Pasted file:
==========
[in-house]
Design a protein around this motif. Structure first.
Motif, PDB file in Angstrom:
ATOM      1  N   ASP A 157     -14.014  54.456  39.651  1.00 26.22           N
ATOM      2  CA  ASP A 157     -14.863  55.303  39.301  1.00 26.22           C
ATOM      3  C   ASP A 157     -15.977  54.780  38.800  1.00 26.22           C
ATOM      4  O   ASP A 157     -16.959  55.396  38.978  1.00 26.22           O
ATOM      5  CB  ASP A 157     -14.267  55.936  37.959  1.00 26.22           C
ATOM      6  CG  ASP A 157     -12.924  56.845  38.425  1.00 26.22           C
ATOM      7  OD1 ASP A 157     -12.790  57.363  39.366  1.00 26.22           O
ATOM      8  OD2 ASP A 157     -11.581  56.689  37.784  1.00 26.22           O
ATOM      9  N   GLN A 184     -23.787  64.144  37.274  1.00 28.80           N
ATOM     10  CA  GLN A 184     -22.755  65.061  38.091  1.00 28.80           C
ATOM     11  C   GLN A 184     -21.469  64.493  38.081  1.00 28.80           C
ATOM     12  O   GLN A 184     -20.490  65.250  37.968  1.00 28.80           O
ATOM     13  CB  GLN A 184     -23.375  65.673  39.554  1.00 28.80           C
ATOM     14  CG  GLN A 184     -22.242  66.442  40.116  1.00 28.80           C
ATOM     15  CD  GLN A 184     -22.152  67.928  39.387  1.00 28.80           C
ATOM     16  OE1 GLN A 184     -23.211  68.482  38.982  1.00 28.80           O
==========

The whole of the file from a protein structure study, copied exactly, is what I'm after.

[in-house]
Design a protein around this motif. Structure first.
Motif, PDB file in Angstrom:
ATOM      1  N   ASP A 157     -14.014  54.456  39.651  1.00 26.22           N
ATOM      2  CA  ASP A 157     -14.863  55.303  39.301  1.00 26.22           C
ATOM      3  C   ASP A 157     -15.977  54.780  38.800  1.00 26.22           C
ATOM      4  O   ASP A 157     -16.959  55.396  38.978  1.00 26.22           O
ATOM      5  CB  ASP A 157     -14.267  55.936  37.959  1.00 26.22           C
ATOM      6  CG  ASP A 157     -12.924  56.845  38.425  1.00 26.22           C
ATOM      7  OD1 ASP A 157     -12.790  57.363  39.366  1.00 26.22           O
ATOM      8  OD2 ASP A 157     -11.581  56.689  37.784  1.00 26.22           O
ATOM      9  N   GLN A 184     -23.787  64.144  37.274  1.00 28.80           N
ATOM     10  CA  GLN A 184     -22.755  65.061  38.091  1.00 28.80           C
ATOM     11  C   GLN A 184     -21.469  64.493  38.081  1.00 28.80           C
ATOM     12  O   GLN A 184     -20.490  65.250  37.968  1.00 28.80           O
ATOM     13  CB  GLN A 184     -23.375  65.673  39.554  1.00 28.80           C
ATOM     14  CG  GLN A 184     -22.242  66.442  40.116  1.00 28.80           C
ATOM     15  CD  GLN A 184     -22.152  67.928  39.387  1.00 28.80           C
ATOM     16  OE1 GLN A 184     -23.211  68.482  38.982  1.00 28.80           O